Conservatives say no to immigration in spending bill
By KEVIN FREKING
Oct. 25, 2017
WASHINGTON (AP) — House conservatives are warning Speaker Paul Ryan and Republican leaders not to add deportation protections for millions of young immigrants living here illegally to a year-end spending bill to keep the government open.
President Donald Trump is phasing out the Deferred Action for Childhood Arrivals program, but gave Congress six months to act before recipients' work permits begin to expire.
It's often easier for congressional leaders to get legislation passed as part of must-pass spending bills rather than as a stand-alone measure. Rep. Mark Walker, the chairman of the Republican Study Committee, said just such a scenario was broached by a colleague when Ryan met with the group's leaders on Tuesday.
Walker said that if the scenario discussed became a reality, "I know the RSC would have a problem with that."
At the White House, Trump also was asked about the prospects of extending the program as part of a budget deal in December.
"I would love to do a DACA deal, but we have to get something very substantial for it, including the wall, including security, including a strong border," Trump said.
Democratic lawmakers are insisting on a legislative solution for about 800,000 beneficiaries of the so-called DACA program. They know a majority of Americans favor allowing the young immigrants, known as "Dreamers," to stay in the U.S. legally. For many who were brought into the country illegally by their parents as young children, America is the only home they know.
"They approach me in all kinds of places wherever I am, and they come to me and talk about their experience and their fears. It is often the case that they will then break down and sob, almost uncontrollably, because they are terrified," Sen. Kamala Harris, D-Calif., said in a Capitol Hill news conference Wednesday.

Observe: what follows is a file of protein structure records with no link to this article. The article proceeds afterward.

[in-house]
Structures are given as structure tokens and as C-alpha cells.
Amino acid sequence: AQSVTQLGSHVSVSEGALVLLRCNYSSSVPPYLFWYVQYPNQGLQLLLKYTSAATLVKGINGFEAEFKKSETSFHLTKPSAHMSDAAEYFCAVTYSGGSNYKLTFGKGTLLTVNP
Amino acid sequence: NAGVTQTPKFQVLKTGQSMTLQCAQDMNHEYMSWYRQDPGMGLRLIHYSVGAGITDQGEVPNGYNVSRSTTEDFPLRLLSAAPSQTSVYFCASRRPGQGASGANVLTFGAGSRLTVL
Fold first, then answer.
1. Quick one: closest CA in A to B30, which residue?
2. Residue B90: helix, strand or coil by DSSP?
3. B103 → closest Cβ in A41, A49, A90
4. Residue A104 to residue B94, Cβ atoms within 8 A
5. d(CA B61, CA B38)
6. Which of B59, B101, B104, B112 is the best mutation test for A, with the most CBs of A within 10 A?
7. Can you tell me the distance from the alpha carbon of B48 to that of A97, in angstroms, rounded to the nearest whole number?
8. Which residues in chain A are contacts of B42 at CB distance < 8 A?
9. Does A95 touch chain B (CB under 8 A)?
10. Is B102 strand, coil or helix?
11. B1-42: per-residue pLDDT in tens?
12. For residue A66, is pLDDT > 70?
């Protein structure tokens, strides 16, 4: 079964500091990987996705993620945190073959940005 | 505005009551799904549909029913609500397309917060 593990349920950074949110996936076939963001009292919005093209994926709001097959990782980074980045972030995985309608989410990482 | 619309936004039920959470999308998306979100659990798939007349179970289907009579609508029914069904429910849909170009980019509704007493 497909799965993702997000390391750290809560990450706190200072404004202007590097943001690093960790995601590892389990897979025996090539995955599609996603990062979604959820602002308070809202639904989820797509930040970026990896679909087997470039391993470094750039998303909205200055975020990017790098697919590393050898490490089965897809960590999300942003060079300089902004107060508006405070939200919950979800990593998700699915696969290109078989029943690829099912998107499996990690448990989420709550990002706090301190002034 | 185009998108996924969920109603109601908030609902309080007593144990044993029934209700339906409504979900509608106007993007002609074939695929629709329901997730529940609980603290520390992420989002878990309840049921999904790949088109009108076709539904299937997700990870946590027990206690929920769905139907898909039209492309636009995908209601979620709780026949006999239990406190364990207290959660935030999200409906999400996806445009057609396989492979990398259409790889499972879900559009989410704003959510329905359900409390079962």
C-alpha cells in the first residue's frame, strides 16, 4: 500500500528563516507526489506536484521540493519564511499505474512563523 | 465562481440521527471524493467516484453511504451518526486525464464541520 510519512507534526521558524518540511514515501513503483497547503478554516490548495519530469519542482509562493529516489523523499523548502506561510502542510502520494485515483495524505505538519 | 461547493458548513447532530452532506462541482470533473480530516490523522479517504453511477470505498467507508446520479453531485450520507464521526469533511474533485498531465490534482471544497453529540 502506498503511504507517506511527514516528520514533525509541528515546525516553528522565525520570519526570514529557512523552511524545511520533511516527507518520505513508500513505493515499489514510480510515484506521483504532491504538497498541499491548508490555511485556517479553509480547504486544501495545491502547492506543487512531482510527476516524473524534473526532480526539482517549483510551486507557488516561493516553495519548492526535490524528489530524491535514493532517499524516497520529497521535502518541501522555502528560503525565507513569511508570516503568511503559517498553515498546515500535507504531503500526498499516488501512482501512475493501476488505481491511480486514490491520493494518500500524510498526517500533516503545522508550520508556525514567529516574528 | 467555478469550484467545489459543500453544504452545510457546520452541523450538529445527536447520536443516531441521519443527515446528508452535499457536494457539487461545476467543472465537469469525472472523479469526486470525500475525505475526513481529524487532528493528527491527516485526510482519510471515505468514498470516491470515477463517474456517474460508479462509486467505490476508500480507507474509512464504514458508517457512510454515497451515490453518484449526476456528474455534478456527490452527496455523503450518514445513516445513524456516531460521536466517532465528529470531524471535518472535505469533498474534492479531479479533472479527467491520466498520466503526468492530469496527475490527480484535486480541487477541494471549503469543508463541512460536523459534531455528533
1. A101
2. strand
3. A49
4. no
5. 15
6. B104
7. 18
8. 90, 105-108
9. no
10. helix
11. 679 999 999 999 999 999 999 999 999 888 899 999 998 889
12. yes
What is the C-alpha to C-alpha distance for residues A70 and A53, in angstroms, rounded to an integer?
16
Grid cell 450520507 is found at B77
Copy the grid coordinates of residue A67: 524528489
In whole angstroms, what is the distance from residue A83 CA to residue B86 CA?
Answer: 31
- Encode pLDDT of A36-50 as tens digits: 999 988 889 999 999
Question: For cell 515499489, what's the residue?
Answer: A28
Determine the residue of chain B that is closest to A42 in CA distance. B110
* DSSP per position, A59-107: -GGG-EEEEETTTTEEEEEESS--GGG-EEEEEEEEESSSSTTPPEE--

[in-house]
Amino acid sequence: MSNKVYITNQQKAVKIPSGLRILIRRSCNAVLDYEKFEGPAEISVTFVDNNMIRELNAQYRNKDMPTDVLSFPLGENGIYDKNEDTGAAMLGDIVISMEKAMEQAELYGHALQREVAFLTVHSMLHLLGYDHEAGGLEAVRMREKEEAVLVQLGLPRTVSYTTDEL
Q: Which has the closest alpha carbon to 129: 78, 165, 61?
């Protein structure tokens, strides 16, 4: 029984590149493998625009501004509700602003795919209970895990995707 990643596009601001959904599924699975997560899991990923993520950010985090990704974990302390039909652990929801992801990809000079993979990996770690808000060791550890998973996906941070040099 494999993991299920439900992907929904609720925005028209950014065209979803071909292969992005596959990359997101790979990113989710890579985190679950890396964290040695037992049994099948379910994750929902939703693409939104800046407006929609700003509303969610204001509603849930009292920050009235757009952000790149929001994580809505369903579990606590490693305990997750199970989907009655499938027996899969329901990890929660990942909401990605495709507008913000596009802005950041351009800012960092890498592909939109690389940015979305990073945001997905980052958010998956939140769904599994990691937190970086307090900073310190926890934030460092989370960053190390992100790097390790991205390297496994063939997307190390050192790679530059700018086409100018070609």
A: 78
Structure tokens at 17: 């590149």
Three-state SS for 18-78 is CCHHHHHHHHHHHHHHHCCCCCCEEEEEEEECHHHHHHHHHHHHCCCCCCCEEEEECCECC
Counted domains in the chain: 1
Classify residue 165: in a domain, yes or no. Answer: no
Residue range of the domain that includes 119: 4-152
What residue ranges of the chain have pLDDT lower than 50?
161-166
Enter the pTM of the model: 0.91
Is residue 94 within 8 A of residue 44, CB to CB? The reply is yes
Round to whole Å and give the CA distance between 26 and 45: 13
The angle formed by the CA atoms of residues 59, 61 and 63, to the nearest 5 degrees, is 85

Harris added that she would not vote for any end-of-the-year spending bill "until we are clear about what we are going to do to protect and take care of our DACA young people in this country."
The strong feelings on both sides of the issue will make it difficult for Ryan and Senate Majority Leader Mitch McConnell to find a legislative fix that can pass both chambers.
The Republican Study Committee has more than 150 members and is a leading voice for conservative members. Walker said that a poll of the group's members showed 83 percent believe that enhancing border security must be a precursor to any legislative fix for Dreamers.
Rep. Jim Jordan, R-Ohio, a former chairman of the group, said "we're nervous about the talk of putting it on the big spending bill in December."
"I think we've got to construct the border security wall. We got to stop money going to sanctuary cities. I think it has to be that bold. ... And I think that needs to happen first, quite frankly," Jordan said.
Rep. Mark Meadows of North Carolina, chairman of the Freedom Caucus, which includes dozens of the most conservative of House Republicans, also said he didn't believe DACA should be included as part of a year-end spending bill.
"I think it will be a problem for us. I think it will be a problem for the speaker," Meadows said.
A spokeswoman for Ryan sought to tamp down concerns that Ryan has already committed to a particular course of action.
"There is no plan for this and we continue to discuss with Republicans the best path forward," said AshLee Strong, Ryan's press secretary.